“Work finally begins when the fear of doing nothing exceeds the fear of doing it badly.”Alain de Botton
The synchronicities tend to happen in our most relaxed moments, not when we’re stressing out about work or life.
Bothersome thoughts place a block on our ability to connect disparate ideas.
Unmoored from the monkey mind, we grant the synapses a passport to freedom.
In a state of flow, nothing is wanting. The pen can hardly keep up with the bicycle of impressions peddling through our heads.
Awake on our passions, always working to a place where we catch onto to things.
When we are stuck and predictable, we stop beating the heart to our own drum.
Instead of chasing our dreams, we ride on the coattails of others. We become a cog that seeks to please rather than to push.
How we align our attention — to mimetic desire or to the clusters of individual freedom — is what determines self-worth.
The story we tell ourselves helps to combat the harsh reality of Monday morning meetings.
We buck the reassurance of controlled variables in pursuit of a cloudy destiny.
We read life to read ourselves. The copy is the original.
Ignorance and arrogance are the artist and entrepreneur’s indispensable allies. She must be clueless enough to have no idea how difficult her enterprise is going to be—and cocky enough to believe she can pull it off anyway. How do we achieve this state of mind? By staying stupid. By not allowing ourselves to think. A child has no trouble believing the unbelievable, nor does the genius or the madman. It’s only you and I, with our big brains and our tiny hearts, who doubt and overthink and hesitate. Don’t think. Act.Steven Pressfield, Do the Work
We take one step forward and two steps back. Effort never guarantees success but it always ensures learning.
All great things happen because of discomfort. If we can persist through the pain and develop patience, there’s usually a rainbow waiting for us at the other end.
But whatever we’re chasing needs to give us purpose. Purpose drives passion which in turn makes it easier to persist through all the CRAP: criticism, rejection assholes, and pressure.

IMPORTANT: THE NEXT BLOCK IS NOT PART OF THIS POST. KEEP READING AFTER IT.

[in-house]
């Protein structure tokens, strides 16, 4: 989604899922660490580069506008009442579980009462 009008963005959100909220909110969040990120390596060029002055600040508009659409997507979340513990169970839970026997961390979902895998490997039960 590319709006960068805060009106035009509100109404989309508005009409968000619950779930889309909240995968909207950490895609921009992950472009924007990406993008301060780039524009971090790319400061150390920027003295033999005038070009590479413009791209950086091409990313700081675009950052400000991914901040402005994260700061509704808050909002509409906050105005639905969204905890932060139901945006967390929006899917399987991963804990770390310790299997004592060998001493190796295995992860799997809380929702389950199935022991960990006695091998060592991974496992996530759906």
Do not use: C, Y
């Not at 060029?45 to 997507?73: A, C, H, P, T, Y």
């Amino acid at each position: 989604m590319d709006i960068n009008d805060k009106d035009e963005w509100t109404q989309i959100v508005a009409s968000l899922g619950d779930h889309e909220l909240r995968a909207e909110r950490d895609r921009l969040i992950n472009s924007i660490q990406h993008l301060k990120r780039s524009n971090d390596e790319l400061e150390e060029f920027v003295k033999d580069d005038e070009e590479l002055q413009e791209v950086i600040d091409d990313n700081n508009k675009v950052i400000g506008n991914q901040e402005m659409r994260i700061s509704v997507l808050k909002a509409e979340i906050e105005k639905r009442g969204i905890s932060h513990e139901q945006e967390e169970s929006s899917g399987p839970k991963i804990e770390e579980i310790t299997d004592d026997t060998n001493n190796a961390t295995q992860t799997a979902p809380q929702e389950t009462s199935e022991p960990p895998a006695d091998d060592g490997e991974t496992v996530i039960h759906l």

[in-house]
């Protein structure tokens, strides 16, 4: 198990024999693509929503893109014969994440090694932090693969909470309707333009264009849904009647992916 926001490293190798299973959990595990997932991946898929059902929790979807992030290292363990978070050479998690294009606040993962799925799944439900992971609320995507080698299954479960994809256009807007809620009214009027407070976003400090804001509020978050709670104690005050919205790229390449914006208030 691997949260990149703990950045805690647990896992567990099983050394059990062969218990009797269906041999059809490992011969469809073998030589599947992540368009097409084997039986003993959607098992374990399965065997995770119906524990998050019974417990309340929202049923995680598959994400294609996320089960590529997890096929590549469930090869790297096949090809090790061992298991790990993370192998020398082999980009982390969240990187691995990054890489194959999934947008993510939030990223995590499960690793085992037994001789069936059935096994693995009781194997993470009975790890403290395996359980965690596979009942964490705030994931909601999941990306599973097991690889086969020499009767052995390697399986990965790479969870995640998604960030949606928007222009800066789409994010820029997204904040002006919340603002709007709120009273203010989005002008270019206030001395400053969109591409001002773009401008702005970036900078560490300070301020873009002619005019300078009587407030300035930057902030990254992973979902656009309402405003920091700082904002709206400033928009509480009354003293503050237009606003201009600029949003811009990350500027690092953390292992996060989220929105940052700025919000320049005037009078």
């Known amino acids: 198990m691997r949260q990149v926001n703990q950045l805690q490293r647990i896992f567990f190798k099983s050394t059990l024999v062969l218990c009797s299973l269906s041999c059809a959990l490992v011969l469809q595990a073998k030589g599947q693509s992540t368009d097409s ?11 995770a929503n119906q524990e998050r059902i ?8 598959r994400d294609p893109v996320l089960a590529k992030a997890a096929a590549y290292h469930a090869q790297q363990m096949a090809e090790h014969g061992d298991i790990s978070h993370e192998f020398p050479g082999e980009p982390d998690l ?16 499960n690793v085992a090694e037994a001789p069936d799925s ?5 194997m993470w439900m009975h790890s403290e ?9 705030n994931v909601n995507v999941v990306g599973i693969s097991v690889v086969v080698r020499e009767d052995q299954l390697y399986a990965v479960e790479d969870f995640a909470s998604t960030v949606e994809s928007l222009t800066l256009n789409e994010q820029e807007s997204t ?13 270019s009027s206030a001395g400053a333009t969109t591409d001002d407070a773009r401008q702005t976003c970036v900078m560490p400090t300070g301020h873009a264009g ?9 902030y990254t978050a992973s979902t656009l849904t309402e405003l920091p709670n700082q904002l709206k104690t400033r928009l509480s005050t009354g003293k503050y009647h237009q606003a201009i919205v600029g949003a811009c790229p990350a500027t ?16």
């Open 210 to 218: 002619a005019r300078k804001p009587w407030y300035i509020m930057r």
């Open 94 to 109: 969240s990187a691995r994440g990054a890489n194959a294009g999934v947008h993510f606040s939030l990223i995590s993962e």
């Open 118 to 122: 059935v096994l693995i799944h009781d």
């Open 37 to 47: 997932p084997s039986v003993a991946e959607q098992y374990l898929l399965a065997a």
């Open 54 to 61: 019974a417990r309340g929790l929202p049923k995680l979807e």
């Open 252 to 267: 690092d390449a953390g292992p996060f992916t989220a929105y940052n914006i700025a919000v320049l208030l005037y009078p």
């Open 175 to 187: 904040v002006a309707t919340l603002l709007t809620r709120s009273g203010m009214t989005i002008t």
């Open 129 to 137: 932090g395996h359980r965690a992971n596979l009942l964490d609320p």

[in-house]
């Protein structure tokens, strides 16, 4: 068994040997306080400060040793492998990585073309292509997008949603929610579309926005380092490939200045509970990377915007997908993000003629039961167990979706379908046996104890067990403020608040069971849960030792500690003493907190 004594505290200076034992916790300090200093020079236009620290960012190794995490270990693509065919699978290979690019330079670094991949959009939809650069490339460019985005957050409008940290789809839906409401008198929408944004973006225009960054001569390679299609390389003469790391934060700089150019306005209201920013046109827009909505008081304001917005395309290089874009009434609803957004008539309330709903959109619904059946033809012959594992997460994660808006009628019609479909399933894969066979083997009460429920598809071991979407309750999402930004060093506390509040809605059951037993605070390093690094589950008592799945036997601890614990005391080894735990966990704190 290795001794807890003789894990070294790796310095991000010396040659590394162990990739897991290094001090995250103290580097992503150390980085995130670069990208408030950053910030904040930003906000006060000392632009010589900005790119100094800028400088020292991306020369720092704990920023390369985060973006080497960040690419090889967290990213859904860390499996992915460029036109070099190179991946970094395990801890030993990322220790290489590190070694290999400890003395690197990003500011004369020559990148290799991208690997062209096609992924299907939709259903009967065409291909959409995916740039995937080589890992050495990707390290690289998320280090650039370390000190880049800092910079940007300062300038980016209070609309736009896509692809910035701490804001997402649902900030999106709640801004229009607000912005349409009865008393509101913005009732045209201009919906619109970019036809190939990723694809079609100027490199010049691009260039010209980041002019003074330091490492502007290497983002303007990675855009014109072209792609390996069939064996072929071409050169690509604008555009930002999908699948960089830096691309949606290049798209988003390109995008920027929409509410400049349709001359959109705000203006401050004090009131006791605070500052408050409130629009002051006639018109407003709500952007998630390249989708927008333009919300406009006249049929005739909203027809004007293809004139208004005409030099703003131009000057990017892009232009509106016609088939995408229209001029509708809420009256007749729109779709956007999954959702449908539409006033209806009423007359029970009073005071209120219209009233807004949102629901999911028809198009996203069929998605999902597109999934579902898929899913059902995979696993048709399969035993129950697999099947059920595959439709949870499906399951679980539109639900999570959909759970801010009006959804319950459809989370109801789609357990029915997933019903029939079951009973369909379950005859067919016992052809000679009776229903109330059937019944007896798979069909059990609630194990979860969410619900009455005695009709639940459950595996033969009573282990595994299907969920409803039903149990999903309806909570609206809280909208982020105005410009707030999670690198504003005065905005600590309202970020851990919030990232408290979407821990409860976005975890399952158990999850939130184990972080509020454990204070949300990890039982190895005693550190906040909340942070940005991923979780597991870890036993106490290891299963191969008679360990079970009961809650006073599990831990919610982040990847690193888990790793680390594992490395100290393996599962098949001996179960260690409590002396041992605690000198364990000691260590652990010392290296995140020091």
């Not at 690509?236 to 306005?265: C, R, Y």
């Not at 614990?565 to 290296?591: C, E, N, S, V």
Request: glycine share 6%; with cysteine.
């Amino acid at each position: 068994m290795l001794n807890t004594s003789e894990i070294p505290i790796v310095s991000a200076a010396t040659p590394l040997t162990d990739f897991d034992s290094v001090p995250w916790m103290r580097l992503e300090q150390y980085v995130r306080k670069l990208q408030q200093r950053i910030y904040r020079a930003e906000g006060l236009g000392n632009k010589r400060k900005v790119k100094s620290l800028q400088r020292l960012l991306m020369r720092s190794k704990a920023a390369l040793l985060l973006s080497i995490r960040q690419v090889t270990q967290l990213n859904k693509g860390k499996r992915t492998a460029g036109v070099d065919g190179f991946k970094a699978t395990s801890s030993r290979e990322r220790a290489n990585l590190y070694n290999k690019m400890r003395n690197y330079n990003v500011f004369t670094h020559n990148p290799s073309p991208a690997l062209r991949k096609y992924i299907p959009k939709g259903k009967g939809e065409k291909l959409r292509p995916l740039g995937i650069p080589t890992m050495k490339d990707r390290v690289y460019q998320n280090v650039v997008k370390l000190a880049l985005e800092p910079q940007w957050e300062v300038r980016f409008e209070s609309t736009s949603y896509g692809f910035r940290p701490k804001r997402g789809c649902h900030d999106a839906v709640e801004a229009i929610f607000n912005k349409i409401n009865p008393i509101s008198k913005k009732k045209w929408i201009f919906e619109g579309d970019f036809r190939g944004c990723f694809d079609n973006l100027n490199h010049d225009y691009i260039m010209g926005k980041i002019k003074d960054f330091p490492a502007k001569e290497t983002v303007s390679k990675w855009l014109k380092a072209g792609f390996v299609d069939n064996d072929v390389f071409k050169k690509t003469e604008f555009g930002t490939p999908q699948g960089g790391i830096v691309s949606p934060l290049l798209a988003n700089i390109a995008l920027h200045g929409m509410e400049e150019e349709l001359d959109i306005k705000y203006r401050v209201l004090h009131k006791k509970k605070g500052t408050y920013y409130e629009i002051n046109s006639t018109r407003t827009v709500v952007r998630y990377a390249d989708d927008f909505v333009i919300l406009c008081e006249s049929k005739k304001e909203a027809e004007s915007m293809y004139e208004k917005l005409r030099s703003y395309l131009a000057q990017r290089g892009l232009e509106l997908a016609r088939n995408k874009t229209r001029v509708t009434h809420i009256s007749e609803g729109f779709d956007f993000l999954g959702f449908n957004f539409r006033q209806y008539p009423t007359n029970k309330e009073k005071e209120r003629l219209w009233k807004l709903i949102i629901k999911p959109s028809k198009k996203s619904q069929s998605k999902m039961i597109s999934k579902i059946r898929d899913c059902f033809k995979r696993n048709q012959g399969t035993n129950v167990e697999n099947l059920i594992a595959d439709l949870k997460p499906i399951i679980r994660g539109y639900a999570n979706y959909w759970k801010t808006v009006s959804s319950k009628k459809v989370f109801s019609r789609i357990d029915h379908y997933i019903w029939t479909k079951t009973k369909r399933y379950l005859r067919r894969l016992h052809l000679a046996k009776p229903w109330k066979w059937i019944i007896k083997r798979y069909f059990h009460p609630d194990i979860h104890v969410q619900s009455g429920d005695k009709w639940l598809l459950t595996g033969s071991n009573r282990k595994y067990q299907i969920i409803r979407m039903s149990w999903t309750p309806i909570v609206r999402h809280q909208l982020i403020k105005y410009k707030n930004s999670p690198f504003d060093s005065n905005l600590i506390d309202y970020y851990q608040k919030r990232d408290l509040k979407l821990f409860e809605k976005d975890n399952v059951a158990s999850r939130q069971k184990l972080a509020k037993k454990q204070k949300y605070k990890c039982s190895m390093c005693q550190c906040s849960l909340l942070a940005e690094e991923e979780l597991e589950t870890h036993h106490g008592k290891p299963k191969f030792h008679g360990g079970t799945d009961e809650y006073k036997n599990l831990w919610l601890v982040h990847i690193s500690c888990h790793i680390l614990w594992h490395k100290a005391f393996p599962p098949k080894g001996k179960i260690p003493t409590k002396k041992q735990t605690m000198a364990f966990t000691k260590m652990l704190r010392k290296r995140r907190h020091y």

Whenever any that goal gets less sticky, perhaps it's time to pivot or take more risks.
Toggling between the predictable and unpredictable makes us feel more alive.
Pour one out for the emotional journey of creating anything great.
In 1726, an Apple dropped from a tree and hit the elder physicist Isaac Newton on the head. It was then he discovered insight into gravity. Or so the story goes.
In reality, he had already done a lot of his thinking while staring at the surrounding apple trees. Newton’s friend and biographer William Stukeley wrote: “Occasion’d by the fall of an apple, as he sat in contemplative mood.”
We polish stories, embellish them, so they’re more memorable and thus more shareable. To quote librarian Keith Moore, the Newton story is “an 18th-century sound bite.”
There is no such thing as a Eureka moment. Light-bulb moments arise because we’ve already spent a long time thinking about them and letting the subconscious do its work.
It’s no surprise that big ideas seem to happen in dull moments when we're in the shower or doing the dishes. Ideas also come to us during rest. A resting mind still hungers for stimulation because creativity is always awake.
This is also why planning unscheduled time is so vital to the work process. We have to get out of our own heads so we can think with more clarity.
Eureka moments are a myth. They occur when we’re thinking without thinking. The right ‘creative’ brain is always on. It splits duties with the left brain to interpret various phenomena.